Is BlackBerry 10 good enough to save RIM?
Canadian Blackberry manufacturer RIM had a torrid 2011, in which it generated a lot of negative publicity by underperforming financially, experiencing a high profile outage, facing calls from shareholders to sell up and seeing its co-CEOs and founders step down. Its message to stakeholders during this difficult time has been a call for patience, with claims that the next software platform to be released will be a real game-changer. So the unveiling of the BlackBerry 10 platform this week was met with great expectation.
The firm unveiled an alpha version of the platform on Thursday and Telecoms.com went to see first-hand whether it really is good enough to reverse the firm’s fortunes.
The BlackBerry 10 platform has been built from the ground up and represents a major overhaul of the OS, with a completely new user interface. It has been designed to appeal to a wide range of app developers, as the developer toolkit includes the BlackBerry 10 Native SDK with Cascades, an application development toolset that allows for the construction of visually rich applications without having to write code in C/C++ or Qt. The toolkit also includes support for HTML5 application developers and Adobe AIR.
It was a brave move by RIM, given the pace of change in the handset space, to go back to the drawing board while its rivals have unveiled new devices making relatively incremental changes upon their previous models. Earlier this week research revealed that RIM has been one of the hardest hit vendors in the smartphone market as Android continues its march.
But perhaps the most interesting observation about this long-anticipated platform is that RIM is insistent that BB10 should not be thought of as a “smartphone platform”, but a platform for “mobile computers”.
This means that it’s not just for handsets or tablets; RIM has set its sights much further. The QNX platform acquired by RIM is already being used in a host of scenarios: medical devices, cars, military vehicles, nuclear power stations, trains, air traffic and even within NASA, according to Vivek Bhardwaj, head of software portfolio EMEA for RIM. And the BB10 platform is intended to be used in much the same way.
Bhardwaj explained that the fact that there are multiple toolkits appeals to developers and allows them to express themselves better and for a broad range of use cases. He said that, for example, games developers have taken to using Cascades for the apps they develop, while many music and video app makers have taken to Adobe AIR.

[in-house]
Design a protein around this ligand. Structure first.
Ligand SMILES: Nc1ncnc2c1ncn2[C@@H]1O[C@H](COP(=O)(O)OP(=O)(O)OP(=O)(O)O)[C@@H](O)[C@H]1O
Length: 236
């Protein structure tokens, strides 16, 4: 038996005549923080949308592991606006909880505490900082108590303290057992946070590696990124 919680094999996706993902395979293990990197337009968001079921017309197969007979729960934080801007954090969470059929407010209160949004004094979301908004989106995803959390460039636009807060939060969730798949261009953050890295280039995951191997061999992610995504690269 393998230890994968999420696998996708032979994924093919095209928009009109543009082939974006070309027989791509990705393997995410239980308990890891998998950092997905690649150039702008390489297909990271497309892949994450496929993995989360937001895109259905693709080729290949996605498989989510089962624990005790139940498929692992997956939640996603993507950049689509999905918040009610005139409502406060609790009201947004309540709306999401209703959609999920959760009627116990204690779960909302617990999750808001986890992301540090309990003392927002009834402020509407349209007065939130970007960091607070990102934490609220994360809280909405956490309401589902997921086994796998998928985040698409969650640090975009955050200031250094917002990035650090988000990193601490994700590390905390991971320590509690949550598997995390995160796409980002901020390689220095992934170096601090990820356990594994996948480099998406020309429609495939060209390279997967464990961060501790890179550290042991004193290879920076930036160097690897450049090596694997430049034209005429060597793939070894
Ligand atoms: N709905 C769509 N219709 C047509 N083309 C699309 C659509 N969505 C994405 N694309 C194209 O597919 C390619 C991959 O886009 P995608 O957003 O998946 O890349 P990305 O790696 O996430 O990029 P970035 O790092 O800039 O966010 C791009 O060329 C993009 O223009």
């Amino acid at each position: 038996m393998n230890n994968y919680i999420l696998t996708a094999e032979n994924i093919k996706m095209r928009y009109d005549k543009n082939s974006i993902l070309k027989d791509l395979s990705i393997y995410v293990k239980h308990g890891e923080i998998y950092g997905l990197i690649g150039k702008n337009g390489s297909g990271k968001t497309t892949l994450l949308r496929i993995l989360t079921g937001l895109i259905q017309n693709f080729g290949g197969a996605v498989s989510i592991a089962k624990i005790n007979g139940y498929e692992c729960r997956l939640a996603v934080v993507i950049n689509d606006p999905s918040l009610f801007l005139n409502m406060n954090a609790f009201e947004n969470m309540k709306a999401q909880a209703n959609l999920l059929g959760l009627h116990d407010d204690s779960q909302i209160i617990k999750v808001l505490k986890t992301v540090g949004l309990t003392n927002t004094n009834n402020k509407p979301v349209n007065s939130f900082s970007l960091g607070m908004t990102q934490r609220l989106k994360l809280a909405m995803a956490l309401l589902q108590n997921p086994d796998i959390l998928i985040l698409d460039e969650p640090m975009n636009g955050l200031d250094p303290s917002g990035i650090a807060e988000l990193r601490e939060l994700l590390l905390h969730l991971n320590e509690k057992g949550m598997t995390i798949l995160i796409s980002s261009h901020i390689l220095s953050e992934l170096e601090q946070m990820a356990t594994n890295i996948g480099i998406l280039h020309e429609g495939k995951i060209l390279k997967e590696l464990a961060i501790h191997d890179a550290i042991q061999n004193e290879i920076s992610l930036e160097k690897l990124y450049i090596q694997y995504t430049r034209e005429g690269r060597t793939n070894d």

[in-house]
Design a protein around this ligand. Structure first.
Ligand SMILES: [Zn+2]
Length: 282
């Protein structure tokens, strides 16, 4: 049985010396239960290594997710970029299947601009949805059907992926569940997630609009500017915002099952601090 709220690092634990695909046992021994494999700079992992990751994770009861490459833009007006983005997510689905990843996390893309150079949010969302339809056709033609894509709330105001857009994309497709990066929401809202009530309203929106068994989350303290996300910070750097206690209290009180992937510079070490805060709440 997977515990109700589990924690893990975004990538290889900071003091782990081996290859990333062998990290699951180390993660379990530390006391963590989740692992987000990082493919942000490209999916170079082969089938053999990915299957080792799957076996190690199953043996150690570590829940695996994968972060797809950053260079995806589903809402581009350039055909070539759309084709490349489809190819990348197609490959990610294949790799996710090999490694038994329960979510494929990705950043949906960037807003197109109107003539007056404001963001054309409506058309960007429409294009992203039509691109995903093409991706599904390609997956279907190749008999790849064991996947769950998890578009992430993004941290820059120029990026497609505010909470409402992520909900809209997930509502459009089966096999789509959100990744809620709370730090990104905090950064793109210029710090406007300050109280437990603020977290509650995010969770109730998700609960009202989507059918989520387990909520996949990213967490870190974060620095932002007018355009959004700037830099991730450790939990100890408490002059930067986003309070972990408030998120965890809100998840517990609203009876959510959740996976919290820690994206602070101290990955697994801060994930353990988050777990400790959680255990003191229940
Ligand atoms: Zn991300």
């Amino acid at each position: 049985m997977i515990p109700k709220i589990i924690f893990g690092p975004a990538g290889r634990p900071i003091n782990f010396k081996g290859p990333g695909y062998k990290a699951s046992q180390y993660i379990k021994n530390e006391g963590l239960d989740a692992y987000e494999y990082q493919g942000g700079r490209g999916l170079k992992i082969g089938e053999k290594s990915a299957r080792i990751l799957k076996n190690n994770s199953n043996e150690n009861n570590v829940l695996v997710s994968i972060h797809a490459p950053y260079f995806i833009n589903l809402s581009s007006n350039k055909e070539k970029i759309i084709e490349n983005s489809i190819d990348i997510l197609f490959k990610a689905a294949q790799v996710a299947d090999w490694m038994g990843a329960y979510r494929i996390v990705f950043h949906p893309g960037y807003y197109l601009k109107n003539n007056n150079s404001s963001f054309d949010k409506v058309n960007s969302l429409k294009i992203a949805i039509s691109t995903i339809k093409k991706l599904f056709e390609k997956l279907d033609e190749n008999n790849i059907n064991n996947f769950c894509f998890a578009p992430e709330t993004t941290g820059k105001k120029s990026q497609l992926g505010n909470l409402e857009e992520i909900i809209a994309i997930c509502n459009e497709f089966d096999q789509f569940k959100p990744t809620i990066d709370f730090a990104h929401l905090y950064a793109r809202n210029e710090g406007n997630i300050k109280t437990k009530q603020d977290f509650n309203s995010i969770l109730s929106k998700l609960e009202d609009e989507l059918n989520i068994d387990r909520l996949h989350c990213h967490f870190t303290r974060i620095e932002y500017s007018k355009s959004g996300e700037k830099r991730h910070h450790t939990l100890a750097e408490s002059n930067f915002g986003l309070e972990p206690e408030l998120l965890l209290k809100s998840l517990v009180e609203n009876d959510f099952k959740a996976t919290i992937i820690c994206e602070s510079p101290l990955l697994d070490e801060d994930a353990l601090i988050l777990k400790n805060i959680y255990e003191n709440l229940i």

“We’ve been taking this tour, visiting cities worldwide and we’re seeing that a lot of app developers are interested. Our focus is on really getting it right for the developers; building the tools and providing the capabilities to allow them express themselves, and the technologies we are supporting are not proprietary, so developers are finding it useful that they can use open standards.”
He added that with the early development of apps, developers began by using the platform’s Android runtime environment to simply copy apps over from Android to BlackBerry 10. Now, he is seeing that shortly after such a copycat app appears, a native BlackBerry app is developed with more features.
In addition, RIM’s investment in acquiring WebKit-based mobile browser provider Torch Mobile was aimed at improving the touch experience on its devices. When we tried using the device, the touchscreen was much better than previous BlackBerry models – but it was still not quite as slick as the iPhone.
Bhardwaj admitted that the next breed of BlackBerrys will not be for everyone, which is very different to what the likes of Apple is aiming for. RIM executives have spoken recently about going back to the firm’s roots, and focusing on the enterprise segment, but while Bhardwaj was reluctant to admit that the next devices will be aimed at business users, he said that it was instead aimed at “people who want to be successful in whatever they do”.
Malik Saadi, principal analyst at Informa Telecoms and Media, said that he has no concerns on the software side, and has been impressed by the BB10 platform, but he is sceptical over whether it is in RIM’s interests to continue producing hardware.
“Given that 95 per cent of the firm’s cost of sales were spent on hardware, it isn’t paying off. I think RIM should licence the platform to other hardware manufacturers, such as LG or HTC,” he said.
Bhardwaj maintained that the handset is necessary as it acts as a touchpoint to bring a BlackBerry 10 ecosystem together with other connected devices, but admitted that RIM is exploring its options in this regard, and strategy meetings are being held among management about how to licence the platform.
However, whether the BlackBerry 10 platform is enough to make RIM once again a serious force in the device market is largely dependent on two factors, according Saadi.
“I’m not worried about the software, but I do have two worries: the time to market and investor patience,” he said.
“Will investors give RIM enough time to launch the platform when it’s ready – or will they force it to launch it prematurely? If it does that, it will completely kill the platform off before it’s even had a chance to begin.”